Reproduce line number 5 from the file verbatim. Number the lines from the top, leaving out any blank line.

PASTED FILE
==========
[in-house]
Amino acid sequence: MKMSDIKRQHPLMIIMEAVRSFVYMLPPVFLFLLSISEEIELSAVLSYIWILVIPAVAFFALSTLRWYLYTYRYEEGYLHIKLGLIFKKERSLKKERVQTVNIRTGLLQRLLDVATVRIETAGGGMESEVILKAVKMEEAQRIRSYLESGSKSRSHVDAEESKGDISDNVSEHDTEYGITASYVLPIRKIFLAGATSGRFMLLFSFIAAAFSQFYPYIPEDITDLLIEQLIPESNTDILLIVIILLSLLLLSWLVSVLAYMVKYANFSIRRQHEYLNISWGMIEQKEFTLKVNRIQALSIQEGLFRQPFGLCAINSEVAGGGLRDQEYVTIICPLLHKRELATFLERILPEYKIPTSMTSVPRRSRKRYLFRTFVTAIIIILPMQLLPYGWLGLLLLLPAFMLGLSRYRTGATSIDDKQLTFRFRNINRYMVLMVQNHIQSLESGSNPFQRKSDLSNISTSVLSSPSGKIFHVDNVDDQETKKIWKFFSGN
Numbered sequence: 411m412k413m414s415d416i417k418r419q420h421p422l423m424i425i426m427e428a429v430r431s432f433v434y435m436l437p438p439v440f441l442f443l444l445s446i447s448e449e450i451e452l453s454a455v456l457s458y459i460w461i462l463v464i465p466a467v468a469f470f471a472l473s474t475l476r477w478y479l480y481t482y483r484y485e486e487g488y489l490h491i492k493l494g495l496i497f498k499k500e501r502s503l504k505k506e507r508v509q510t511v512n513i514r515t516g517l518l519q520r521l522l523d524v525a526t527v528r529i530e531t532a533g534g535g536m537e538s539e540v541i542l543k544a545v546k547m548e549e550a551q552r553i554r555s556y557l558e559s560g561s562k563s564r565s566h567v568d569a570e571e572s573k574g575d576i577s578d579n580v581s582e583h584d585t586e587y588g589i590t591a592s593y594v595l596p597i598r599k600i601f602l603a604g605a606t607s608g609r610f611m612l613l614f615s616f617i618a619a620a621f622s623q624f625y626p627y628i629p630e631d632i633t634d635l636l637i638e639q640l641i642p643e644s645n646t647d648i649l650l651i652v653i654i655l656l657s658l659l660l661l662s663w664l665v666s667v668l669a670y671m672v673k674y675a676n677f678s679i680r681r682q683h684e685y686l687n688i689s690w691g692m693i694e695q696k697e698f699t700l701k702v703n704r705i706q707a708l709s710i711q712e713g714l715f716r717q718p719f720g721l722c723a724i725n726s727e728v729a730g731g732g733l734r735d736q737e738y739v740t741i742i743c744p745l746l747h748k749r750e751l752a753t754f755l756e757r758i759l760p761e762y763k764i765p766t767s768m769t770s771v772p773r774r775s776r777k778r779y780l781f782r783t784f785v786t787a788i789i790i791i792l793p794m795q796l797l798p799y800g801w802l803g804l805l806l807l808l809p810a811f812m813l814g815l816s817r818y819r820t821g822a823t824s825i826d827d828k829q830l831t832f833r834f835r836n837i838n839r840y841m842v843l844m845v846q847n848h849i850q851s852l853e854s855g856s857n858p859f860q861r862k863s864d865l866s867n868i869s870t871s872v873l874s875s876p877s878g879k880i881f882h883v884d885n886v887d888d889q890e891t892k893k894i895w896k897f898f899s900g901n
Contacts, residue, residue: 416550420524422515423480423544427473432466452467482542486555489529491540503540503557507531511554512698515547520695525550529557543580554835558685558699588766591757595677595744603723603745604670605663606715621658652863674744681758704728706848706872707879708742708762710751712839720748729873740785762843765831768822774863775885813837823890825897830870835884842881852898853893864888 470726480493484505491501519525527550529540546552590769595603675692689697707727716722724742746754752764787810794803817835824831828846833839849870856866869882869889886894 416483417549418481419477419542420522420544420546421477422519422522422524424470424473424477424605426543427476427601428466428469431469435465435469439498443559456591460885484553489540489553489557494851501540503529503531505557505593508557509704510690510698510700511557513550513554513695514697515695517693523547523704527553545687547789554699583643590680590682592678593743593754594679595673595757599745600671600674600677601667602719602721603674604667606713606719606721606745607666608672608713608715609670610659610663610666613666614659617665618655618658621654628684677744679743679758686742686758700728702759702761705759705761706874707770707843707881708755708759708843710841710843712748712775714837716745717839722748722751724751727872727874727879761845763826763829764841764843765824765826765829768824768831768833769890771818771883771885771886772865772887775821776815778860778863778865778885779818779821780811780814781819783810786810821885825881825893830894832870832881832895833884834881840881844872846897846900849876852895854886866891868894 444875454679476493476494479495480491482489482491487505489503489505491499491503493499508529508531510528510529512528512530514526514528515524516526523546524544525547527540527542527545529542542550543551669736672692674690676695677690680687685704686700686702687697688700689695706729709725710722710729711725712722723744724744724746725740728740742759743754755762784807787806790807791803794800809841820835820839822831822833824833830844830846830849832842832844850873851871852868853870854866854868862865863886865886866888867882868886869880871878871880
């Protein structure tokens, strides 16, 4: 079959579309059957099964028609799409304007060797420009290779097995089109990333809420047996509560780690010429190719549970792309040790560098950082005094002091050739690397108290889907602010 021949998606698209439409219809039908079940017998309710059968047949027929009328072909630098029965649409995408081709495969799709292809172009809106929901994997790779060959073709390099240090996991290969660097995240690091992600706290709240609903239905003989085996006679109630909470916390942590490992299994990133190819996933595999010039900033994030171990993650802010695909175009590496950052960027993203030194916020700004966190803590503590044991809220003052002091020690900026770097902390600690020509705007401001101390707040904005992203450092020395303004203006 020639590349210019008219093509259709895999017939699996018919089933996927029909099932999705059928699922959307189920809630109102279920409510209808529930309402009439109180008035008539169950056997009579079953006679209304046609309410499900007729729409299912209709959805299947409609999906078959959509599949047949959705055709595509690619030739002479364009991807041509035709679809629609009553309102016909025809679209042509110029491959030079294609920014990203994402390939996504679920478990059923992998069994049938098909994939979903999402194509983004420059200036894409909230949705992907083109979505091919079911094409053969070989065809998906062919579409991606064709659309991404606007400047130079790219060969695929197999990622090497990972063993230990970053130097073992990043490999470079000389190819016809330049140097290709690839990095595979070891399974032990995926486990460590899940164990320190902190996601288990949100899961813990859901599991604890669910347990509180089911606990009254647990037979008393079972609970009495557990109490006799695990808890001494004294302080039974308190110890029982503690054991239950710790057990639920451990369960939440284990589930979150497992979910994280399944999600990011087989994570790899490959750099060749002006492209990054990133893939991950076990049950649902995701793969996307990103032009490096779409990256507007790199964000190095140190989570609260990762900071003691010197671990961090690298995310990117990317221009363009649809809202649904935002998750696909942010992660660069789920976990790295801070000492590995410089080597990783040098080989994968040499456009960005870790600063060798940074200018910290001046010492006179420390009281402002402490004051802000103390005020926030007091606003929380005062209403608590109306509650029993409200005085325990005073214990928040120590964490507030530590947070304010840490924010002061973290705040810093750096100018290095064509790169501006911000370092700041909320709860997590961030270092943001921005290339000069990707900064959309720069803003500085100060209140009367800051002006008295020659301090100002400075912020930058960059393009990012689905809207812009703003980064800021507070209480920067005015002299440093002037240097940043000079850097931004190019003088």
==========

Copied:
């Protein structure tokens, strides 16, 4: 079959579309059957099964028609799409304007060797420009290779097995089109990333809420047996509560780690010429190719549970792309040790560098950082005094002091050739690397108290889907602010 021949998606698209439409219809039908079940017998309710059968047949027929009328072909630098029965649409995408081709495969799709292809172009809106929901994997790779060959073709390099240090996991290969660097995240690091992600706290709240609903239905003989085996006679109630909470916390942590490992299994990133190819996933595999010039900033994030171990993650802010695909175009590496950052960027993203030194916020700004966190803590503590044991809220003052002091020690900026770097902390600690020509705007401001101390707040904005992203450092020395303004203006 020639590349210019008219093509259709895999017939699996018919089933996927029909099932999705059928699922959307189920809630109102279920409510209808529930309402009439109180008035008539169950056997009579079953006679209304046609309410499900007729729409299912209709959805299947409609999906078959959509599949047949959705055709595509690619030739002479364009991807041509035709679809629609009553309102016909025809679209042509110029491959030079294609920014990203994402390939996504679920478990059923992998069994049938098909994939979903999402194509983004420059200036894409909230949705992907083109979505091919079911094409053969070989065809998906062919579409991606064709659309991404606007400047130079790219060969695929197999990622090497990972063993230990970053130097073992990043490999470079000389190819016809330049140097290709690839990095595979070891399974032990995926486990460590899940164990320190902190996601288990949100899961813990859901599991604890669910347990509180089911606990009254647990037979008393079972609970009495557990109490006799695990808890001494004294302080039974308190110890029982503690054991239950710790057990639920451990369960939440284990589930979150497992979910994280399944999600990011087989994570790899490959750099060749002006492209990054990133893939991950076990049950649902995701793969996307990103032009490096779409990256507007790199964000190095140190989570609260990762900071003691010197671990961090690298995310990117990317221009363009649809809202649904935002998750696909942010992660660069789920976990790295801070000492590995410089080597990783040098080989994968040499456009960005870790600063060798940074200018910290001046010492006179420390009281402002402490004051802000103390005020926030007091606003929380005062209403608590109306509650029993409200005085325990005073214990928040120590964490507030530590947070304010840490924010002061973290705040810093750096100018290095064509790169501006911000370092700041909320709860997590961030270092943001921005290339000069990707900064959309720069803003500085100060209140009367800051002006008295020659301090100002400075912020930058960059393009990012689905809207812009703003980064800021507070209480920067005015002299440093002037240097940043000079850097931004190019003088």